Almost unnoticed, in the gaps and hollows of the digital economy, a new economy is emerging that follows a different ethical and financial logic. Platform cooperativism, as it has come to be called, is an emerging movement for democratic governance and collective ownership on the Internet and a fairer future of work. It is a concrete, near future alternative to the on-demand economy; it reclaims humane principles like mutuality, sympathy, and solidarity by bringing together the rich heritage of cooperativism with 21st-century technologies.
The pieces are coming into place. Freelancers are forming cooperatives to find clients and pool insurance through platforms of their own. Uber drivers are leaving the mothership, organizing in co-ops, and designing their own taxi apps. Photographers are offering their work for fair prices on a platform where they’re in charge, and journalists are crowdfunding news portals co-owned with their audiences. New decentralized networks are enabling people to share their data with each other without relying on a corporate cloud. Contrary to the rules of the dominant algorithmic gatekeepers, platform cooperativism puts the online economic infrastructure into the hands of the people who depend on it most.
The cooperative platform economy can become one of the counterforces to the defects of the on-demand economy. It is a strategy for reversing wealth inequality, gender inequity, environmental degradation, and systemic racial injustice. The experiments now already underway show that a global ecosystem of cooperatives can stand against the concentration of wealth and the insecurity of workers that yields Silicon Valley’s winner-takes-all economy. They show that the Internet can be owned and governed differently.
Since the “Platform Cooperativism: The Internet, Ownership, Democracy” event in November 2015 at The New School, conferences and community meetings about the cooperative platform economy have taken place in Berlin, New York City, Florence, Bologna, Weimar, Melbourne, London, Brussels, Boston, Budapest, and Philadelphia. A new book, Ours to Hack and to Own, gathers many of the rationales and experiments that are driving the movement forward. The Platform Cooperativism Consortium will launch at this event, creating a global network of institutions to support this eco system of businesses. The vision is spreading. A year later, we need to keep the momentum building and continue forging the critical connections necessary to make this vision even more a reality.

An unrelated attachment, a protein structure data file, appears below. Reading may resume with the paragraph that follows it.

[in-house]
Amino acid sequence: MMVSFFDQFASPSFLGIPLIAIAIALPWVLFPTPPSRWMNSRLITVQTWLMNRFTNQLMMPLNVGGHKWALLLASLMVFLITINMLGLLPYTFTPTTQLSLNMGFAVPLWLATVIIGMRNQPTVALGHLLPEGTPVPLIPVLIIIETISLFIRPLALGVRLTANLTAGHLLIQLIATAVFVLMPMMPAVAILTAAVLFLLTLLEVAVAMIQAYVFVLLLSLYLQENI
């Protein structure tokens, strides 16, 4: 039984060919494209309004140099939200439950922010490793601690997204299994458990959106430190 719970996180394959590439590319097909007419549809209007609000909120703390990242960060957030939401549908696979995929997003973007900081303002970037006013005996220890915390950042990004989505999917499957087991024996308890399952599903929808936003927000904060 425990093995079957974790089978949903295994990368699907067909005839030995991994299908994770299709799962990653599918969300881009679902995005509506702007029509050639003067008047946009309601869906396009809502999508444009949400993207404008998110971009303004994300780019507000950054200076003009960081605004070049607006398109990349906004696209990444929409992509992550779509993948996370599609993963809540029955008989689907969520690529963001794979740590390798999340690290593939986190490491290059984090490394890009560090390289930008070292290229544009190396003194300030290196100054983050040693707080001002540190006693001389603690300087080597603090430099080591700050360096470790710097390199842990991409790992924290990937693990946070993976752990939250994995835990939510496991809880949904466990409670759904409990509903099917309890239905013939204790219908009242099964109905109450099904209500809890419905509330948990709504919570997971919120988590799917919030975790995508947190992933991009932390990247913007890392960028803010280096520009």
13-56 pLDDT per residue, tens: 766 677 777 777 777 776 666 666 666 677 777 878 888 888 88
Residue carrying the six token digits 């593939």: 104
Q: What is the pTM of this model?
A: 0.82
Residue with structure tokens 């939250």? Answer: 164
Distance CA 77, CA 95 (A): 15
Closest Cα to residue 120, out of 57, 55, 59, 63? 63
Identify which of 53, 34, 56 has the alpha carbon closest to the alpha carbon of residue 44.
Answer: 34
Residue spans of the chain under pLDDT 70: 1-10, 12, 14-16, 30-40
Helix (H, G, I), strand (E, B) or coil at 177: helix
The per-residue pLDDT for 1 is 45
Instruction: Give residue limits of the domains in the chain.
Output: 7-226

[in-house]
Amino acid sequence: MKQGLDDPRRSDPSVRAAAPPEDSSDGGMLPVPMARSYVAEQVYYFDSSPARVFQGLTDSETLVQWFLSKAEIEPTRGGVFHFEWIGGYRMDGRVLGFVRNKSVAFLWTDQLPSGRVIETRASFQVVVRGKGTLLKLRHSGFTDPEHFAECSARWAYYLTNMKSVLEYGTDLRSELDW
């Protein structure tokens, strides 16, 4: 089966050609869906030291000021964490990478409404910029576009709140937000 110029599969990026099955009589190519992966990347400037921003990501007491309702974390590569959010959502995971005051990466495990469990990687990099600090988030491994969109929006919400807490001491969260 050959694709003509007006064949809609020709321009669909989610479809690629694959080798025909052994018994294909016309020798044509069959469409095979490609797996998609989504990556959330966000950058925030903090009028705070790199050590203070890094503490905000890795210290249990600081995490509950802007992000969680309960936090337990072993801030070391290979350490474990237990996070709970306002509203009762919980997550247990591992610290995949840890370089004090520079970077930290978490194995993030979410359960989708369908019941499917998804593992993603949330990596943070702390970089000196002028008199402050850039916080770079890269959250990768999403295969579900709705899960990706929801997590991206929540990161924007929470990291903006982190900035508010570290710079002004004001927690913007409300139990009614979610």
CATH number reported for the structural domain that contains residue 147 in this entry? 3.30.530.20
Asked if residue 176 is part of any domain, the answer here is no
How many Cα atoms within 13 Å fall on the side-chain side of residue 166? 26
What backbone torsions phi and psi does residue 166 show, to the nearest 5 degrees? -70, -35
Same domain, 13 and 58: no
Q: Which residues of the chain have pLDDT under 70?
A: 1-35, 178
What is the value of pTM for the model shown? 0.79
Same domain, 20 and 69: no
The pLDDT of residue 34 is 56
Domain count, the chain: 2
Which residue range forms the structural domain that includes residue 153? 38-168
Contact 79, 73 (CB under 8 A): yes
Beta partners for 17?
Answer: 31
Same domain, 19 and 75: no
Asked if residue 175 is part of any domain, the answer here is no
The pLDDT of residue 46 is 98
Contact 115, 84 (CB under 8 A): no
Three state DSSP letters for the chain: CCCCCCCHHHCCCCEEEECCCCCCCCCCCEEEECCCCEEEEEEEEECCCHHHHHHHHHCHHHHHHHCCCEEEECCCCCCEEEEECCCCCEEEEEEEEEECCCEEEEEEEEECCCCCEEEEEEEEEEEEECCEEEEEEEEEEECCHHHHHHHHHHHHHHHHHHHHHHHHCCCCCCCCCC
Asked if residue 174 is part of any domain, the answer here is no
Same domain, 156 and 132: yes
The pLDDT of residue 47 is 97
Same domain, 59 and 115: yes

On November 11-13, 2016, “Platform Cooperativism: Building The Cooperative Internet” will take place at The New School and Civic Hall in New York City.
On Day 1, we will bring together an international group of policymakers to discuss regulation and investment in alternative models. In the afternoon, we’ll think through the legal and design implications of the cooperative platform economy.
On Day 2, discussions will focus on global opportunities for convergence among worker resistance, unions, and cooperatives. How can online co-ops meet some of the platform economy’s challenges that the labor movement has struggled with?
On Sunday, Day 3 an unconference co-sponsored and hosted by our partner Civic Hall will allow for an open stream of project proposals for the platform co-op space.
Building the basis for a popular movement in support of a fairer cooperative digital economy requires countless people, projects, inventive organizations, publications, and events around the world. “Platform Cooperativism: Building The Cooperative Internet” will be part of this effort. Join us online and in person.
The event will be live streamed at: